Videographer Arron Yates says he "learned by doing" video production, long before video became accessible on YouTube.
"I started out in the mid-1980s, helping my grandfather," he says. "My father and mother, Frank and Vicki Yates were both Presbyterian ministers. Back then, for 13 years, my mother was associate pastor for Kerrville's First Presbyterian Church, and my grandfather, Dellie Voelkel, would video services for shut-ins who couldn't attend. In the 1980s that meant filming in VHS, and then duplicating the tapes. It was a lot of work."
Voelkel also videoed family events, and Yates says he helped him there as well.
Yates says when he was born his parents were campus ministers at Schreiner University, living in a little house on campus, which is still there. He grew up in Kerrville, graduating from Tivy High School in 1999.
"I returned to Schreiner for college," he says. "The professors kept telling me I was 'campus royalty,' because of my birthplace. But I earned my own way through college, mostly working for my uncles at Voelkel Land Surveying. I earned my bachelor of business arts, in finance, in 2007. After that I worked surveying land during the day, and did photography and video during the night."
Yates says he took his video business, KerrvillePhoto.com, full-time in 2010. "My grandfather Voelkel taught me that when you run your own business, you work 'half-days.' For him, that meant 12 hours. I also have the advantage of a solid finance education, which helps me run the business end of the business."
He says KerrvillePhoto provides photography and video production for businesses, marketing campaigns, and special events. The businesses include commercial, government, and non-profit organizations.
"Right now I'm working with the new Broadway Bank. I'm providing virtual instead of traditional events, like for ribbon-cuttings, and I produce live events. I run the Jumbotron at Tivy stadium for everything from games to graduation. I produced the recent City of Kerrville press conference at the Cailloux Theater, and I've done galas, like for Peterson Regional Medical Center, the city's Daddy-Daughter Dance, and the Charity Ball, both the livestream and the video posted online."
He says different projects require him to have a variety of equipment, and the knowledge to use it. He may provide microphones, projectors for slide shows or video, lighting for maximum visual quality, and, for outdoor events like Fourth of July, drone coverage.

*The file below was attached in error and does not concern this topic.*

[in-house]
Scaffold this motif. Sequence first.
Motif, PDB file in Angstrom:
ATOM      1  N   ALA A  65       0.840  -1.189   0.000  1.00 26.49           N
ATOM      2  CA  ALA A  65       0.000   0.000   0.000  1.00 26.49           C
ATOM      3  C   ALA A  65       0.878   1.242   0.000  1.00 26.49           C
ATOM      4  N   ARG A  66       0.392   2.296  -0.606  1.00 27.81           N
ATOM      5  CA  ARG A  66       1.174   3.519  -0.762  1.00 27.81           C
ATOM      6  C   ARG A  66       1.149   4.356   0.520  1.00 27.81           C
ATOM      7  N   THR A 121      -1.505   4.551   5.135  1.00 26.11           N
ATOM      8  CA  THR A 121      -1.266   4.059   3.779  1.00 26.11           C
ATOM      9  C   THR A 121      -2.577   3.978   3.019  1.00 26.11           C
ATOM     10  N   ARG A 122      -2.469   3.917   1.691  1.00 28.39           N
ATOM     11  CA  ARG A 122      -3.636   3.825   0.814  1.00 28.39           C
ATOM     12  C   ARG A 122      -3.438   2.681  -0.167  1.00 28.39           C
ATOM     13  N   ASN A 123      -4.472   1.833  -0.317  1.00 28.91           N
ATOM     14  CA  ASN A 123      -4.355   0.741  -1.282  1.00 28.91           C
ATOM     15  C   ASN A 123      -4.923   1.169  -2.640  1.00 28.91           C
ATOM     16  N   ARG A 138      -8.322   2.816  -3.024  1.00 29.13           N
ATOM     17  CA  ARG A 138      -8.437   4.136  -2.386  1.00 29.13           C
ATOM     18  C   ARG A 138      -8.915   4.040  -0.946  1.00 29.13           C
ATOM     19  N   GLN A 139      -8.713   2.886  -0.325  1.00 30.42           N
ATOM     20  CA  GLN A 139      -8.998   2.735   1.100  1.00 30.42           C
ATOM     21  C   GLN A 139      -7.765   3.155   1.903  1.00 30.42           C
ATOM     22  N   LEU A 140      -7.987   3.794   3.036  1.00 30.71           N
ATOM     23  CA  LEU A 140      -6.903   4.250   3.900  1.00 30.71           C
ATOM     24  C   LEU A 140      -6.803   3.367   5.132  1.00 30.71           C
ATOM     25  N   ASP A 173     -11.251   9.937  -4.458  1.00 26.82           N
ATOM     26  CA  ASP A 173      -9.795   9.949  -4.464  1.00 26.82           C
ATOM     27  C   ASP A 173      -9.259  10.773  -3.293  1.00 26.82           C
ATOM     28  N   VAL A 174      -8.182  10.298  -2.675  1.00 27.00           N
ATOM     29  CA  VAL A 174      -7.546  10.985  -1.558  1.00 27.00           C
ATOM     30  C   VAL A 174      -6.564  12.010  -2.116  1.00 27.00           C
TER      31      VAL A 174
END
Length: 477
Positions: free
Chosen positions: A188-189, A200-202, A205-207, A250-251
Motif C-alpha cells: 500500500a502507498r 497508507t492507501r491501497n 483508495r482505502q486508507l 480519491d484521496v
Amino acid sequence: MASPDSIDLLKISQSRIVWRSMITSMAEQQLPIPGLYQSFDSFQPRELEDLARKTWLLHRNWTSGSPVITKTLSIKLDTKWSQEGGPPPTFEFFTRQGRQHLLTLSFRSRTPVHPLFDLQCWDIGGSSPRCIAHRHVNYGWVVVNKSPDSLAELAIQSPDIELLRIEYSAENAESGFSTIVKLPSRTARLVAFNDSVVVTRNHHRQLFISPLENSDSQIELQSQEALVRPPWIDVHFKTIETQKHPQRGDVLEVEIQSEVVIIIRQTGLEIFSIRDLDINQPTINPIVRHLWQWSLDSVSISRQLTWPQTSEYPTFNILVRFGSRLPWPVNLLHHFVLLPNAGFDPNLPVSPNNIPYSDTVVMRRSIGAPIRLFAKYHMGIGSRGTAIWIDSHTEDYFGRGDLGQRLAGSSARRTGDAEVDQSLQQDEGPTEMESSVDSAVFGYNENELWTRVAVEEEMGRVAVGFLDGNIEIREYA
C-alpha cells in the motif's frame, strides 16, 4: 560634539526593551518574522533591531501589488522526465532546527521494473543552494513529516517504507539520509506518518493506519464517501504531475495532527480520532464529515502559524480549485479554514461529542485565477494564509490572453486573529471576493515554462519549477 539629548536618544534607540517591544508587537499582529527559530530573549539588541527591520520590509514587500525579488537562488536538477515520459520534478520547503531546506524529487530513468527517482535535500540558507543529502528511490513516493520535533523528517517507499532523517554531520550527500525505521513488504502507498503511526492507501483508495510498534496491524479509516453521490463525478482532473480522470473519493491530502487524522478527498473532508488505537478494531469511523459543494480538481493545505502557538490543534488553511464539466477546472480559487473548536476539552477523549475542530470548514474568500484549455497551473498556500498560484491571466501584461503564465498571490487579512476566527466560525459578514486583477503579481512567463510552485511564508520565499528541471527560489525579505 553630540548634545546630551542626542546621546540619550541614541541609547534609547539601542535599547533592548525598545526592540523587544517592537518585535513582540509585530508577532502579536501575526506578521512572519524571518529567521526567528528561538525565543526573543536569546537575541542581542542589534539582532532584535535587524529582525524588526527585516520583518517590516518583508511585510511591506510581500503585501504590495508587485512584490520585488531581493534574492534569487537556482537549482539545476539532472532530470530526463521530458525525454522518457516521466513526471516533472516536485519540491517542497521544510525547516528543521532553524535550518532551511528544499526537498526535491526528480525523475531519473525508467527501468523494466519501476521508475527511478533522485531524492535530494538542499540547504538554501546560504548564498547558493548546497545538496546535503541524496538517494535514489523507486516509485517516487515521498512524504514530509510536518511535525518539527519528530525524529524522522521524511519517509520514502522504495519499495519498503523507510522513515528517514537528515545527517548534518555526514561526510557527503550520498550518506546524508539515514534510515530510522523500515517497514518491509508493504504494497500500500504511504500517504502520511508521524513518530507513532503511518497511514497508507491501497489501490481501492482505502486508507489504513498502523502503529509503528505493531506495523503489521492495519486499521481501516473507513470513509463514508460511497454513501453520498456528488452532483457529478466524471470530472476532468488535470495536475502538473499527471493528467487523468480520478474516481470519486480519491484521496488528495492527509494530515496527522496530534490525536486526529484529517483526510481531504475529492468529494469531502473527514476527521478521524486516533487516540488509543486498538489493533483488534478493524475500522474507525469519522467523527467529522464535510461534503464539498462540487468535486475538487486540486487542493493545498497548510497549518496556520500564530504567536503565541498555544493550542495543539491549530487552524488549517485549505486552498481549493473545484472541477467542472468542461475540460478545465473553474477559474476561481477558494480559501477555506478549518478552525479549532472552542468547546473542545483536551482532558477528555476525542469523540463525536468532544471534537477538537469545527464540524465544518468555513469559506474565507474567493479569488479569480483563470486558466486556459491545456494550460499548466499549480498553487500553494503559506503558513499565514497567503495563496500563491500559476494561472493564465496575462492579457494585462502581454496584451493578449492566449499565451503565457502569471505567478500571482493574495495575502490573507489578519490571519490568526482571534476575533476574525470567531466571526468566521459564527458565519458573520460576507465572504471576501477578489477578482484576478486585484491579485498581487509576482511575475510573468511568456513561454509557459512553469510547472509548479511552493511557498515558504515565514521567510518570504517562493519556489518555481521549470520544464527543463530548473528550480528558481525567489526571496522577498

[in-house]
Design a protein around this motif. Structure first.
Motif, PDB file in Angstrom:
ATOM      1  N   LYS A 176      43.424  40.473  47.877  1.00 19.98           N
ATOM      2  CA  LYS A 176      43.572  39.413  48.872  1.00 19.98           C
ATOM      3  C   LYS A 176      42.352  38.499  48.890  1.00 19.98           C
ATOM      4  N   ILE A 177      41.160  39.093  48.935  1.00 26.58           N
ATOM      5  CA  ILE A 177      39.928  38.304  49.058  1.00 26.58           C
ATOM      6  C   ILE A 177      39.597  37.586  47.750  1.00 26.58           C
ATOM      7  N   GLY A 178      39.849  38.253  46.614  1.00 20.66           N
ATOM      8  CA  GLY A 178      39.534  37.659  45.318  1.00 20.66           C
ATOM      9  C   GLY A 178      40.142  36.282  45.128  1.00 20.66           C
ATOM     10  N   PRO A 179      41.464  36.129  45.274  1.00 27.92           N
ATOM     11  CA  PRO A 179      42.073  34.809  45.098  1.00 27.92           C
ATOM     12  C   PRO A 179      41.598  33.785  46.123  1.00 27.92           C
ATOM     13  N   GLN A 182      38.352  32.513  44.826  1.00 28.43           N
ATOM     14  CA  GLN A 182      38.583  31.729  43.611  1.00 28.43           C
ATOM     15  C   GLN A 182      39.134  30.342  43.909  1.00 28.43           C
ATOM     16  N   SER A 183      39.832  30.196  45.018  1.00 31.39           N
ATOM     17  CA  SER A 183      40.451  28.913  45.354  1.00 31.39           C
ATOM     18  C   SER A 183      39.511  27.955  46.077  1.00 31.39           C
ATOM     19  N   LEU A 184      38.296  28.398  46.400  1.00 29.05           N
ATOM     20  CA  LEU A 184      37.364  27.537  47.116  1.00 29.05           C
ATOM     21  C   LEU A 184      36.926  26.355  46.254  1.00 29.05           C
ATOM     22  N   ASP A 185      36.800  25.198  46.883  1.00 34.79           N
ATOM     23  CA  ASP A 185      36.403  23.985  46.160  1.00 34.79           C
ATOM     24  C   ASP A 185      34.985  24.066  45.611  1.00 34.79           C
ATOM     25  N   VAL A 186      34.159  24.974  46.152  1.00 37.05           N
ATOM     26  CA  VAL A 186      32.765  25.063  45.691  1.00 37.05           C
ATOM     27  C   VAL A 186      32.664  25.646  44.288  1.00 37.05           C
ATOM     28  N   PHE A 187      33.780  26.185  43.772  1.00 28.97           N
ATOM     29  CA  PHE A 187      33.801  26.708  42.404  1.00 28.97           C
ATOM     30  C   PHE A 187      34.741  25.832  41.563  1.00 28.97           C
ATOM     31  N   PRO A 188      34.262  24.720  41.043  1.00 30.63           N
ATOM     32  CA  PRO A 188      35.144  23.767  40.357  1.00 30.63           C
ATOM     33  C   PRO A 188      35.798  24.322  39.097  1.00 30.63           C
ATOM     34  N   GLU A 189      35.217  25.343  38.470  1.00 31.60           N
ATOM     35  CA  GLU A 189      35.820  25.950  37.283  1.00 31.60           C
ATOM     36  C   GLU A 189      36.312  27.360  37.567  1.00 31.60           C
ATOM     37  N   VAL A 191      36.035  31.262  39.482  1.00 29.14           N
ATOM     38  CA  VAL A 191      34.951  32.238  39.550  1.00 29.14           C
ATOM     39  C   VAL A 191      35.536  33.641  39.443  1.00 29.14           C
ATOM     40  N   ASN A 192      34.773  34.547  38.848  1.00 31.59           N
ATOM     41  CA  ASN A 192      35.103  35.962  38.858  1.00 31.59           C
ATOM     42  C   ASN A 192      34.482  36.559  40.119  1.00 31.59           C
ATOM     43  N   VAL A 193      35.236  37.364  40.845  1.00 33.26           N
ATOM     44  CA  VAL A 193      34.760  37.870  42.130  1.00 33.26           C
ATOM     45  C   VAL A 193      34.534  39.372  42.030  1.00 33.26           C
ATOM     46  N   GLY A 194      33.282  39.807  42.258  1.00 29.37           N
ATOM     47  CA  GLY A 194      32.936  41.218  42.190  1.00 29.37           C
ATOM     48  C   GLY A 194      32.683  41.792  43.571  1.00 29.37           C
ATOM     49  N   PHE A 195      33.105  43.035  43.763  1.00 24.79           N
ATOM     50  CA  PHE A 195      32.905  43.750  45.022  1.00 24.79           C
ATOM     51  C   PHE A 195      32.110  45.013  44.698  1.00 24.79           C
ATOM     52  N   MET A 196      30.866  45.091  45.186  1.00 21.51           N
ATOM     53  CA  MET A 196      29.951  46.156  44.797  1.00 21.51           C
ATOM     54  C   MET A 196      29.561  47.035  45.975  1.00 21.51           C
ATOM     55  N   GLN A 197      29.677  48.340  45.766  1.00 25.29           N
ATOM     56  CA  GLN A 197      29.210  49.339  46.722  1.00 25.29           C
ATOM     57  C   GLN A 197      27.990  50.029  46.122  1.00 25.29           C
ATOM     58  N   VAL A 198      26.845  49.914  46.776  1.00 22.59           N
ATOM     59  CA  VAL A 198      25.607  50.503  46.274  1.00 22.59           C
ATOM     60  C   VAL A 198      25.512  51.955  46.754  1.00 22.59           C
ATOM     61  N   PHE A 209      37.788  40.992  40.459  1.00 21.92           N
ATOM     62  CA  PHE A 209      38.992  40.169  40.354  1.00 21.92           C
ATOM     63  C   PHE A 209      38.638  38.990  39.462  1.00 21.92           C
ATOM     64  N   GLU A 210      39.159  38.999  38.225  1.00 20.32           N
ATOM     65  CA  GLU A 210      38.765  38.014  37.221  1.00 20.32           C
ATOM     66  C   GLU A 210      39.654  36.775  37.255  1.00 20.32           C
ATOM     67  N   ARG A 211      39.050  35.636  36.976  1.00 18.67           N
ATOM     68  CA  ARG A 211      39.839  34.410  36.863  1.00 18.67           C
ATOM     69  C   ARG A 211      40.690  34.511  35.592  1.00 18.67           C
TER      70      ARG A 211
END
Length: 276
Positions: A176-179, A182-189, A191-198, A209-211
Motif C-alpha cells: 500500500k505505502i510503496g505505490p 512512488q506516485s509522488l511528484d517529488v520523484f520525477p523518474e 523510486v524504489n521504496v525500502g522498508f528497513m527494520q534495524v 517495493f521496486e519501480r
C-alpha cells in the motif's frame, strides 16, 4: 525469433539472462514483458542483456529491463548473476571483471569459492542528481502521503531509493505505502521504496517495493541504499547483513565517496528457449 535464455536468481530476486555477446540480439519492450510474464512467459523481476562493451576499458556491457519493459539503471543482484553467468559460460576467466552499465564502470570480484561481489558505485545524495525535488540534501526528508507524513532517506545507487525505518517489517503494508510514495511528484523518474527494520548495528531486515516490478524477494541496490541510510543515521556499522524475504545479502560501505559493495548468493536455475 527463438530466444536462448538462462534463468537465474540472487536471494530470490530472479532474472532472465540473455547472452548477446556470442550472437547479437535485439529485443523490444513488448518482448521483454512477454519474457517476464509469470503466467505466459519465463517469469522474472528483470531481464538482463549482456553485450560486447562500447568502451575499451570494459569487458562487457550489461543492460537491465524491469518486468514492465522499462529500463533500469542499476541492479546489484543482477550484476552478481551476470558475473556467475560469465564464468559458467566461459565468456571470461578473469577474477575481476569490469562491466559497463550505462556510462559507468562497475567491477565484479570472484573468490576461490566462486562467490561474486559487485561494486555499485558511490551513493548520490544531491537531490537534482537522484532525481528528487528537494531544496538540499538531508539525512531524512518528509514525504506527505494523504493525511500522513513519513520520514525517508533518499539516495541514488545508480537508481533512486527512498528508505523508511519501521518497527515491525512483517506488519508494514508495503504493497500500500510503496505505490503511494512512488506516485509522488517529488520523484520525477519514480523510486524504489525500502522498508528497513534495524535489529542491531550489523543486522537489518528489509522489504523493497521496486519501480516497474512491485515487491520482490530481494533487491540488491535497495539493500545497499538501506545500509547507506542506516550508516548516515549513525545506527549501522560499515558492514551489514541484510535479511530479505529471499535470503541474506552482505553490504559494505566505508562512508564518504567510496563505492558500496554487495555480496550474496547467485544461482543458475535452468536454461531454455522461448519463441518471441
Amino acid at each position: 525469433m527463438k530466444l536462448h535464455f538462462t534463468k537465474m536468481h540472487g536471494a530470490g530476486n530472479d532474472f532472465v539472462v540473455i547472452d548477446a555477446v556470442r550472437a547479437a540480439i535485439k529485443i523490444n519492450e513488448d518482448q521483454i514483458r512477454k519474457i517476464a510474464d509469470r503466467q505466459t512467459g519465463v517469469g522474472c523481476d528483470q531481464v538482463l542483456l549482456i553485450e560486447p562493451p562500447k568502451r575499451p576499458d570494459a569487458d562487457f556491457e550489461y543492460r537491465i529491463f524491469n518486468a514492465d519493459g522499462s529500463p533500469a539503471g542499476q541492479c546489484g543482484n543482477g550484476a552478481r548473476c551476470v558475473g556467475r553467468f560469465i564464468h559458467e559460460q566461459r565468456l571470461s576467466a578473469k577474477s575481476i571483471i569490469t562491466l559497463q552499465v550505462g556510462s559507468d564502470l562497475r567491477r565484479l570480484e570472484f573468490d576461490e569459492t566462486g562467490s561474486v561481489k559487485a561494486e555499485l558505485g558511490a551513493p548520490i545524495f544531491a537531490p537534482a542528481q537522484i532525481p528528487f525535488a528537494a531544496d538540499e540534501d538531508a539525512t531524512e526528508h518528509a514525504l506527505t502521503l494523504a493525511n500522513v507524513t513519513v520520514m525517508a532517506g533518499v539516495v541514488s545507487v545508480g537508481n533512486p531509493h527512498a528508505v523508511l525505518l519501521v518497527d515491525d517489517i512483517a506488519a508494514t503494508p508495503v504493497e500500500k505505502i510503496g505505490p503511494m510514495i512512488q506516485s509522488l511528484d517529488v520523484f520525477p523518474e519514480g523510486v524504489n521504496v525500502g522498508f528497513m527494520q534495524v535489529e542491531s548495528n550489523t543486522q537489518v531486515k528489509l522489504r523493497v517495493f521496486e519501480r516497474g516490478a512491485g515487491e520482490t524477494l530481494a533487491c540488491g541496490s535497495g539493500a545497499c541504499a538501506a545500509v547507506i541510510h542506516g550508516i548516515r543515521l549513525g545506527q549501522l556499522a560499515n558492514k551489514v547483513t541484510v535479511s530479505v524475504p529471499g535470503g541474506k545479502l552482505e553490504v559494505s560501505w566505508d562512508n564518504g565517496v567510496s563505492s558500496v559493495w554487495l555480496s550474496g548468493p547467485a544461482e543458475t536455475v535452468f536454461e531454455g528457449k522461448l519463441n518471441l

"First, I sit with the client and discuss what they want to achieve," he says. "Quantity wise, my most common job is videoing luxury rural real estate for realtors. That can sometimes keep me busy three days a week. I'm the only one that's full-time, but I have eight or so people I can call on part-time. For instance, I had three people at Dr. Bob's funeral, where we were streaming online and locally, as well as providing stations where those attending could video statements for the family."
He says his work happens across every corner of Texas. It's not uncommon for him to put 400 miles a day on his work truck. He's also had projects in New Mexico, Colorado and Oregon. "One time I videoed a sunset in Corpus Christi, and the next sunrise in Marble Falls. It's fun. I may video a Kerrville bank one day, and spend the next day taking photos of massive whitetail bucks on a South Texas ranch."
Yates credits advances in video availability for some of his success. "Since I was helping my grandfather, we've gone from VHS to CD to digital. When the internet first allowed video it took minutes to download a 10-second, low resolution file. YouTube didn't come along until February of 2005. But now we have 4K downloads, so you can stream quality video in real-time. Videos are being uploaded to YouTube at a rate of 50 viewing hours per minute, so it's impossible watch them all."
When Yates isn't running his "half-day" business, he says he's a member of the Economic Improvement Corporation, and has served on other boards in the past. He also runs the Kerrville United website, which promotes good governance from a non-partisan view. "We started a petition, which gathered more than 1,000 names, urging the County Court to video their meetings, as the City Council does. They meet 9:00 on Monday mornings, so it's hard for working people to attend. I think the only meeting I was able to make was when we presented the petition."
He says he's also completing another non-work project. Back when he turned 15, in Tivy, his grandfather Voelkel gave him a 1974 Ford Bronco. "I drove it through high school and most of college, until it got to be unreliable, and I had to throw a tarp over it. But about five years ago, when my business started making money, I started restoring it. I worked over the interior, exterior and engine, and now it's ready to drive. I surprised a date with it, and she was very impressed."